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Amazon S3 Reference for the Cloud Practitioner

Posted on January 22, 2020 by Christophe LimpalairChristophe Limpalair

If you’re studying for the AWS Cloud Practitioner exam, there are a few Amazon S3 (Simple Storage Service) facts that you should know and understand. This post will guide you through how to utilize S3 in AWS environments, for the correct use cases.
First things first:

What is Amazon S3?

Amazon S3 is an object storage service that is built to be scalable, high available, secure, and performant. This means that customers of all sizes and industries can use it to store and protect any amount of data for a range of use cases, such as websites, mobile apps, backup and restore, archive, enterprise applications, IoT devices, and big data analytics. 
These characteristics make Amazon S3 an excellent data store service, but if you’re looking for a database service, you’ll want to look at services like Amazon RDS, DynamoDB, or even customer-managed databases with EC2 instances.

What’s the difference between data stores and databases?

In general terms, data stores can contain a wide range of data files and formats, while databases store bits of data and offer Database Management Systems (DBMSs) that let you query, insert, and update data. For example, you could go to a database and tell it to pull all records for a certain customer, and it would find that data for you. A data store like Amazon S3, on the other hand, could be a great place to store your database backups as files, which could then be used to restore databases should anything happen. It could also store images, text files, logs, archives, etc…
Amazon S3 can also be used by other AWS resources of your choosing, so you can build applications in different services like EC2 and Lambda, and those applications can get access to data from S3 (like images and other files). Even if your resources are in VPCs and S3 buckets don’t live in VPCs, you can create VPC Endpoints which will give you easy access between the VPC and your S3 data without opening up your VPC to the outside world. If you’re not sure what this means or you’d like to try this hands-on, take a look at our Hands-On Lab.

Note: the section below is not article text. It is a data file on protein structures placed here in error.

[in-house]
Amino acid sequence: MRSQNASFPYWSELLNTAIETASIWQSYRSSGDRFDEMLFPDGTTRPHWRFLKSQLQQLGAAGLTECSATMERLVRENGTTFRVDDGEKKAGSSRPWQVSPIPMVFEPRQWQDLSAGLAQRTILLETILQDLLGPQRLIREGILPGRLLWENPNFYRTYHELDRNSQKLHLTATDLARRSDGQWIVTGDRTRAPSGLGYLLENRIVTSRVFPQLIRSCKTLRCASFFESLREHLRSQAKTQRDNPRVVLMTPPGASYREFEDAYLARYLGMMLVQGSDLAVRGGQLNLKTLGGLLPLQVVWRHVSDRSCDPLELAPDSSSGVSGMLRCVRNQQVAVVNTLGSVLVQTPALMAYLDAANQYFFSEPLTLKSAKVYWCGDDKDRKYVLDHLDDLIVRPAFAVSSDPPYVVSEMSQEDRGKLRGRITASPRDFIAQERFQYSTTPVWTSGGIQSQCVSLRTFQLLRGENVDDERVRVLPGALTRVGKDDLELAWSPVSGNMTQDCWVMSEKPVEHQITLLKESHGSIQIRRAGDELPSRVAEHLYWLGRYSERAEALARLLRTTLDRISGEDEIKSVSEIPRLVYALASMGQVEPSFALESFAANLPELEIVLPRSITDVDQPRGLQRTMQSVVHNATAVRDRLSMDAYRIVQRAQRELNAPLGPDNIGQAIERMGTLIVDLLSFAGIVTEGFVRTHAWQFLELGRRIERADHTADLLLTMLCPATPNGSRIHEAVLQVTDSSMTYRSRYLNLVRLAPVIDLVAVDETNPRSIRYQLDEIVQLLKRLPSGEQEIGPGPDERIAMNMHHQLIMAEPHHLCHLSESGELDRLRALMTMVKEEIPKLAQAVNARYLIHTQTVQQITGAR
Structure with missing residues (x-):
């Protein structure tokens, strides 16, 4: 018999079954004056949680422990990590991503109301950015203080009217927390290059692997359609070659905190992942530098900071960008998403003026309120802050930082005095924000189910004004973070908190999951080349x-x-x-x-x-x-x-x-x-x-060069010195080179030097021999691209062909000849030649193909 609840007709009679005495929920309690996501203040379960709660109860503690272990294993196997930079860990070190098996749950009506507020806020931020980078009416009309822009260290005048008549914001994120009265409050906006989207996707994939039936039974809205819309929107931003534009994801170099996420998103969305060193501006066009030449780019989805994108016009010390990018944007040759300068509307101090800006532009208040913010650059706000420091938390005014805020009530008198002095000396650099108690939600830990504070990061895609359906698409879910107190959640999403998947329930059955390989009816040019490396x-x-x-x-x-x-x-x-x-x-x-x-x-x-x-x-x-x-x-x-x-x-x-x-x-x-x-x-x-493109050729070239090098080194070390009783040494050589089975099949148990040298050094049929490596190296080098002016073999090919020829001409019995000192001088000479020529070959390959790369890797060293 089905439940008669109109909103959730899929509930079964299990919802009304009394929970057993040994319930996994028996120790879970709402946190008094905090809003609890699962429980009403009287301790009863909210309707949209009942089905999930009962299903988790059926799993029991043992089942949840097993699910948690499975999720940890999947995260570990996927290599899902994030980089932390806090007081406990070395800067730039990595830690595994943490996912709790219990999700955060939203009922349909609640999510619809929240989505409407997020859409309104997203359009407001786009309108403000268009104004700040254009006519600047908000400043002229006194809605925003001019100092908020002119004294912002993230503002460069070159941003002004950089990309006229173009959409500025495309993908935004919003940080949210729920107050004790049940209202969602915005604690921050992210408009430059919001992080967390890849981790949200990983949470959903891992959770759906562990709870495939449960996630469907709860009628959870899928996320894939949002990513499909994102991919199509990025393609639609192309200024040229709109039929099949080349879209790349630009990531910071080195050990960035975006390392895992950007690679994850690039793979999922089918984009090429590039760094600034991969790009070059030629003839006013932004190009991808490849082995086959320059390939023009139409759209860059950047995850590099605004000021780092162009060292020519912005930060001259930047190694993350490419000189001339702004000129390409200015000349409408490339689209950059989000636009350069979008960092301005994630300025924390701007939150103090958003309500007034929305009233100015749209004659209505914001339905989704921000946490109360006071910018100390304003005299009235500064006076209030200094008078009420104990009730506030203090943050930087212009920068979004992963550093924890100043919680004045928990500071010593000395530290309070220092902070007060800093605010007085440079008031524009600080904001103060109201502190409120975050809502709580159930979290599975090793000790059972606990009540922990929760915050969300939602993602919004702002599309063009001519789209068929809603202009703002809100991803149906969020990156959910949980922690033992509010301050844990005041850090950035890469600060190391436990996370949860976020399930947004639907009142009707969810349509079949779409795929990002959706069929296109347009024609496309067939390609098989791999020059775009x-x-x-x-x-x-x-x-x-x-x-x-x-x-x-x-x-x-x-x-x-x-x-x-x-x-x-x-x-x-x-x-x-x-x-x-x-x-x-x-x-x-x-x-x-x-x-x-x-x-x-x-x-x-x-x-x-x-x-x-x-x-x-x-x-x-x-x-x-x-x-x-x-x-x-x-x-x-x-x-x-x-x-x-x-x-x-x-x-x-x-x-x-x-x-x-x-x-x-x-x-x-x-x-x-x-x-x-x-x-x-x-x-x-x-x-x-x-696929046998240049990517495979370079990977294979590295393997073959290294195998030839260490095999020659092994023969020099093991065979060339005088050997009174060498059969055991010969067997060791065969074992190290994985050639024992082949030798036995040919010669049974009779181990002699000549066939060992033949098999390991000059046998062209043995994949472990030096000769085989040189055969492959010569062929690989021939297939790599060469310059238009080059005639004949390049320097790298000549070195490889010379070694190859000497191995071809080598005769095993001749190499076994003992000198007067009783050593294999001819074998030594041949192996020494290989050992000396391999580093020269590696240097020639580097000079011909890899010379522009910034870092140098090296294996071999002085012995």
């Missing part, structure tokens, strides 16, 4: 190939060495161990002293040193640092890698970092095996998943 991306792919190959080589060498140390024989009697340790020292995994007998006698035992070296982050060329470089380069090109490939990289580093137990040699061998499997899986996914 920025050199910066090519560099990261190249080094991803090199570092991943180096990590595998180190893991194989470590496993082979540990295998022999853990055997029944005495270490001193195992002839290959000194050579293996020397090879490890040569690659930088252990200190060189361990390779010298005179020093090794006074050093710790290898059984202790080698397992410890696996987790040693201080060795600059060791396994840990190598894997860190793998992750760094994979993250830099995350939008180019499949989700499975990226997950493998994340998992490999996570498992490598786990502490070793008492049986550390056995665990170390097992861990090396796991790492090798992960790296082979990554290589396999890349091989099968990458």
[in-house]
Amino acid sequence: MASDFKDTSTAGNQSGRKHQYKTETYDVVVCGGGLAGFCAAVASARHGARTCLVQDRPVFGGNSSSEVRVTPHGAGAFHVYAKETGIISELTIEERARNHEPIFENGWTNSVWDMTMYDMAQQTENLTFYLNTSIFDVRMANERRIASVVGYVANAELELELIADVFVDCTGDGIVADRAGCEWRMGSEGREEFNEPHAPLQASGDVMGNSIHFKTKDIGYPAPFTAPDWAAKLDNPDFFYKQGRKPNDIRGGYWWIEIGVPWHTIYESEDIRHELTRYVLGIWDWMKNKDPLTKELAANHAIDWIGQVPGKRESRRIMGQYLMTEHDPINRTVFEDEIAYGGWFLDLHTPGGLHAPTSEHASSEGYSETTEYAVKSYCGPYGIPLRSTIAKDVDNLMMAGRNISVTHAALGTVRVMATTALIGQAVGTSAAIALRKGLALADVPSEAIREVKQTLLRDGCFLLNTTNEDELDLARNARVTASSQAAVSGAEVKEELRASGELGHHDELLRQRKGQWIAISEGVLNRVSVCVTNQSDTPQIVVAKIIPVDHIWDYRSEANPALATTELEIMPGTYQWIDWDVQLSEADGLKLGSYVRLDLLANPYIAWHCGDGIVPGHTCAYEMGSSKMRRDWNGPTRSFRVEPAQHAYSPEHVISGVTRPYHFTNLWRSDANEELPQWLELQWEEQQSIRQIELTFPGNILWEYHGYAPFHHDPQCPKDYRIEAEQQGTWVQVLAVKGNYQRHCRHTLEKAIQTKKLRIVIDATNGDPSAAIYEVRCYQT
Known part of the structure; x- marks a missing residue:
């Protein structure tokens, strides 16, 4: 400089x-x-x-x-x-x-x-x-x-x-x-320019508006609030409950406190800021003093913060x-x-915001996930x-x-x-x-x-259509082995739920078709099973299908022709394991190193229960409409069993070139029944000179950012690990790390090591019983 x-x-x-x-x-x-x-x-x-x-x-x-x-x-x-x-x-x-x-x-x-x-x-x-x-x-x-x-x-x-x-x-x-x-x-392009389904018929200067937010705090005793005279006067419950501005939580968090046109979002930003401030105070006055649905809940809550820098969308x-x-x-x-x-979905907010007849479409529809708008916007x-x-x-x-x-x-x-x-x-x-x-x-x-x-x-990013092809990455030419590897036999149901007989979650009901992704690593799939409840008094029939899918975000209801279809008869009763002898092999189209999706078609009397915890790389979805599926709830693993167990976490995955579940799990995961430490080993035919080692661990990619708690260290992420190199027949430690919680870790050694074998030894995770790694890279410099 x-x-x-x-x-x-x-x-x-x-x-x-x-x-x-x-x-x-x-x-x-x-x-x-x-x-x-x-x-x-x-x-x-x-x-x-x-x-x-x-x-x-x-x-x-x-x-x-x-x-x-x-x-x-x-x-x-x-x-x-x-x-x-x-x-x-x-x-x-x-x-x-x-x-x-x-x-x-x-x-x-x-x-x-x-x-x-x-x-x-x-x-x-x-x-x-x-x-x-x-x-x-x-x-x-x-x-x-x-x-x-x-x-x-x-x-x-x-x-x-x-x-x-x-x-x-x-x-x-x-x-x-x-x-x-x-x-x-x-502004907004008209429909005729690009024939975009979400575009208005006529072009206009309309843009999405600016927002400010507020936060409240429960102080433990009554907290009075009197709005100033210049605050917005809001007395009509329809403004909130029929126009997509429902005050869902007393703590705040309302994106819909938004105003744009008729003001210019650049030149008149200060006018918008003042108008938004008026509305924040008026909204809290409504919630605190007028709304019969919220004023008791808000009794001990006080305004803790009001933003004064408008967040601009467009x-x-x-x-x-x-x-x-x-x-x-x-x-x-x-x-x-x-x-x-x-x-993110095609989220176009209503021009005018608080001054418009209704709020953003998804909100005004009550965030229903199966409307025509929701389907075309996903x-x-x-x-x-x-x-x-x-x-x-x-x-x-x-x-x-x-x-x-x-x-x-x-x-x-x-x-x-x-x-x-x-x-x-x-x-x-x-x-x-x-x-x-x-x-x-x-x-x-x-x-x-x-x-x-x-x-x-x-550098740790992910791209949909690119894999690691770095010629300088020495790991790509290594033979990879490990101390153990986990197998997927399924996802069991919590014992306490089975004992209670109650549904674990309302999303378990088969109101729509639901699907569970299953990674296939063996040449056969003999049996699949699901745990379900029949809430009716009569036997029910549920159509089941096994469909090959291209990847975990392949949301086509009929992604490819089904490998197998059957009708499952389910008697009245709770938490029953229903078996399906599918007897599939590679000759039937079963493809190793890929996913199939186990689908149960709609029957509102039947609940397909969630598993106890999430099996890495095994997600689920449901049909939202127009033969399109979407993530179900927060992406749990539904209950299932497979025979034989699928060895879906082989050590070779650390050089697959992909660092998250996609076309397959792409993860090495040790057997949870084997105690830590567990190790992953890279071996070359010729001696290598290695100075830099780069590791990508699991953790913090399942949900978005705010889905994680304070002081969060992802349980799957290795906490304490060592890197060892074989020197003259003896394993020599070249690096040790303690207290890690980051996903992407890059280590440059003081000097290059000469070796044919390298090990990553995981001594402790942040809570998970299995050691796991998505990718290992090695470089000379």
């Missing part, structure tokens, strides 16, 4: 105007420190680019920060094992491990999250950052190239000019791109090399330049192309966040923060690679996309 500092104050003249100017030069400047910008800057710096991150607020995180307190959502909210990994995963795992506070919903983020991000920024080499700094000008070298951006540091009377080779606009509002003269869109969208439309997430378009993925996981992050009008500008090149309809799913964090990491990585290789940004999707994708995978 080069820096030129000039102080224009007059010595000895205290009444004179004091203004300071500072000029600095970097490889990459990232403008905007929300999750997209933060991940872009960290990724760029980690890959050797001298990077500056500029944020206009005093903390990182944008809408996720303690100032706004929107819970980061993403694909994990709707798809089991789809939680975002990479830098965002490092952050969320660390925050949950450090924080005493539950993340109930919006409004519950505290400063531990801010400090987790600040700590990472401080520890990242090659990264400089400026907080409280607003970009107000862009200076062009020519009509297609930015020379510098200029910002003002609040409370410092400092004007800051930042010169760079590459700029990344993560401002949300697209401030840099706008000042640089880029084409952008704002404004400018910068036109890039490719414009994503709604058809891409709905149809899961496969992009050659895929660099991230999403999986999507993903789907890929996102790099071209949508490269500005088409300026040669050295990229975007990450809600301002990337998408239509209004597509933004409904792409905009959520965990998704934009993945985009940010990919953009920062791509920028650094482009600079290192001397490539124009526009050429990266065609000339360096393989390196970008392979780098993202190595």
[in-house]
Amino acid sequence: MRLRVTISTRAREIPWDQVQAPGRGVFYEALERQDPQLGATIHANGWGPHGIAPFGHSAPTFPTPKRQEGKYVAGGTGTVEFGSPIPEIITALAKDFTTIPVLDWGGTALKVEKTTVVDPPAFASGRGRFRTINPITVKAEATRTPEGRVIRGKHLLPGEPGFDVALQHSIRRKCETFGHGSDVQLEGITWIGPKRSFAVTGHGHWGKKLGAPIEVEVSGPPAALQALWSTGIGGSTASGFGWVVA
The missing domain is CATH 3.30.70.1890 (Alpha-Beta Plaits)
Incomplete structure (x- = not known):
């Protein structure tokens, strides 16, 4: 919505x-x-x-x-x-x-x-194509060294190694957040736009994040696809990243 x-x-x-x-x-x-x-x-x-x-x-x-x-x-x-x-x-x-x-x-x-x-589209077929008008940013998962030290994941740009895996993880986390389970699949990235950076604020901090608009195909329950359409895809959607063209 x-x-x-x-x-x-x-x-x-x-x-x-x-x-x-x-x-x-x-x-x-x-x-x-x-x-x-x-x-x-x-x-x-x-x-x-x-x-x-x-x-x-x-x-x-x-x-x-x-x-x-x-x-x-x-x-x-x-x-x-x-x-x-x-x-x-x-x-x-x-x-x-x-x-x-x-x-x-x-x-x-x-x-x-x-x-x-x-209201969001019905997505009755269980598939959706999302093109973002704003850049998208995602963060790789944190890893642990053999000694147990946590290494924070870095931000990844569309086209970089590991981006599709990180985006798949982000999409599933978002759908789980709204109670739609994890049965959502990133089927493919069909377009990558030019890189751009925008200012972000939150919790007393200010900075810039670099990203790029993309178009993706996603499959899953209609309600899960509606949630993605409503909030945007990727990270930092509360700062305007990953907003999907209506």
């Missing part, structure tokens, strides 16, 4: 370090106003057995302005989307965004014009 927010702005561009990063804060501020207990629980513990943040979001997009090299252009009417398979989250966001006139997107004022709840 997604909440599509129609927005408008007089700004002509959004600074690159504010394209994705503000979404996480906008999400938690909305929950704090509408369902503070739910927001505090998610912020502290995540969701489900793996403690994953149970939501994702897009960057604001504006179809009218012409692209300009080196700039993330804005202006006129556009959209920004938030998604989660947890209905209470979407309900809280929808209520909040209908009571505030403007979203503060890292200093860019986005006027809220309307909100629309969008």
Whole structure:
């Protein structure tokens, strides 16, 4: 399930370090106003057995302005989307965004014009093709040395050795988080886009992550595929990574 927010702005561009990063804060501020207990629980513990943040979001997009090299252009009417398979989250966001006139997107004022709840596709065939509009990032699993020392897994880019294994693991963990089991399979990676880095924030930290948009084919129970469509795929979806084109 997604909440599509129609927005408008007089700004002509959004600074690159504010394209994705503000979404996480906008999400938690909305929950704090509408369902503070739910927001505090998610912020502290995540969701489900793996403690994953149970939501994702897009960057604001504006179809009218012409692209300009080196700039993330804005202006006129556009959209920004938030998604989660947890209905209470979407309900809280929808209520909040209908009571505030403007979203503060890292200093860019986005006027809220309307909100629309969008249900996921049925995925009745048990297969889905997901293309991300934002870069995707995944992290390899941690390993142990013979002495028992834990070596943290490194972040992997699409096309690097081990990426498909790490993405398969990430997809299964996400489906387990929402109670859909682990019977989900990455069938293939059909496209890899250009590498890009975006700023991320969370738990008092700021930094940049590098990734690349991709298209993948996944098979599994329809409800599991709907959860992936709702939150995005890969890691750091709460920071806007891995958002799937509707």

Now that we have a better understanding of Amazon S3, let’s dive into how it’s structured and laid out. If you need more of an understanding of what Amazon S3 is and how it works, take our Hands-On Lab called Introduction to Amazon S3.

How is Amazon S3 structured?

S3 has 3 main “levels” of structure. The first and highest level is the Bucket.
Buckets
Bucket names:
  • Must be unique across all of AWS – if I use the bucket name Linux academy, you can’t use that name unless I delete that bucket
  • Must be 3 to 63 characters in length
  • Can only contain lower case letters, numbers, and hyphens
  • Must not be formatted as an IP address (ie: 192.168.1.1)
About Amazon S3 buckets
Folders
  • “Subfolders” of Buckets
  • Helps even more with organization
Folders don’t do anything functionally apart from giving you more organization and structure. For example, if I have a bucket XYZ, I could create folders 2019 and 2018 to store images from those years.
About Amazon S3 folder structure
Objects
  • Objects are what AWS calls the files stored in S3
  • Supports different formats (jpg, mov, txt, gzip, etc)
So instead of calling something an “image” in S3, you can call it an object.
About Amazon S3 objects

Using Amazon S3 Buckets in Regions

Buckets that you create in S3 have to be created in specific regions, such as North Virginia. This means that your data is physically stored in the N. Virginia region, which can make a big difference if all of your customers are in the Middle East because data will have a large distance to travel.
So picking the region for your buckets can be important. Think about where your customers are geographically located, and get as close to them as possible. Of course, using a CDN like CloudFront can help alleviate the distance issues, especially if your customers are all over the globe.
AWS does have a feature that lets you replicate data to different regions (and more recently within the same region) so this is another option to get data closer to customers and to create backups.
Amazon CDN and Network - Using S3 buckets in regions

Using S3 Object Versioning